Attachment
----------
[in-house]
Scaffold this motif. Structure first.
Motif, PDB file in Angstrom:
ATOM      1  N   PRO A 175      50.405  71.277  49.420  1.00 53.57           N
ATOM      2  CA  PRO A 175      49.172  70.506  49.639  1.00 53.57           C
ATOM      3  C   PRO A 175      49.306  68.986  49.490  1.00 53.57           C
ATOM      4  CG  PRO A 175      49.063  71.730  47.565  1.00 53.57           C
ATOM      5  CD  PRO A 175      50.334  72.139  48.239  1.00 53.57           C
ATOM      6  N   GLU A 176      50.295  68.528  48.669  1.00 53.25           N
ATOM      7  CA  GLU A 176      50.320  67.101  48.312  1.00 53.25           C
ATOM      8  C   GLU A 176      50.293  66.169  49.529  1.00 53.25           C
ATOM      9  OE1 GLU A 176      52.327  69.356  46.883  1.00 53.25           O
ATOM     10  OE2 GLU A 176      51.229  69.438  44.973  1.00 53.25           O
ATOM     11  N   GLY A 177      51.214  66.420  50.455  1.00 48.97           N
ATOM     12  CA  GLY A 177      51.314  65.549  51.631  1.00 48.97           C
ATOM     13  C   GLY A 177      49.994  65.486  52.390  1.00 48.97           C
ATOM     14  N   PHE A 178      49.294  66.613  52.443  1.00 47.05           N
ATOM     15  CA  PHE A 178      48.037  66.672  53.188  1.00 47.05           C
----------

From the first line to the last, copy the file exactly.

[in-house]
Scaffold this motif. Structure first.
Motif, PDB file in Angstrom:
ATOM      1  N   PRO A 175      50.405  71.277  49.420  1.00 53.57           N
ATOM      2  CA  PRO A 175      49.172  70.506  49.639  1.00 53.57           C
ATOM      3  C   PRO A 175      49.306  68.986  49.490  1.00 53.57           C
ATOM      4  CG  PRO A 175      49.063  71.730  47.565  1.00 53.57           C
ATOM      5  CD  PRO A 175      50.334  72.139  48.239  1.00 53.57           C
ATOM      6  N   GLU A 176      50.295  68.528  48.669  1.00 53.25           N
ATOM      7  CA  GLU A 176      50.320  67.101  48.312  1.00 53.25           C
ATOM      8  C   GLU A 176      50.293  66.169  49.529  1.00 53.25           C
ATOM      9  OE1 GLU A 176      52.327  69.356  46.883  1.00 53.25           O
ATOM     10  OE2 GLU A 176      51.229  69.438  44.973  1.00 53.25           O
ATOM     11  N   GLY A 177      51.214  66.420  50.455  1.00 48.97           N
ATOM     12  CA  GLY A 177      51.314  65.549  51.631  1.00 48.97           C
ATOM     13  C   GLY A 177      49.994  65.486  52.390  1.00 48.97           C
ATOM     14  N   PHE A 178      49.294  66.613  52.443  1.00 47.05           N
ATOM     15  CA  PHE A 178      48.037  66.672  53.188  1.00 47.05           C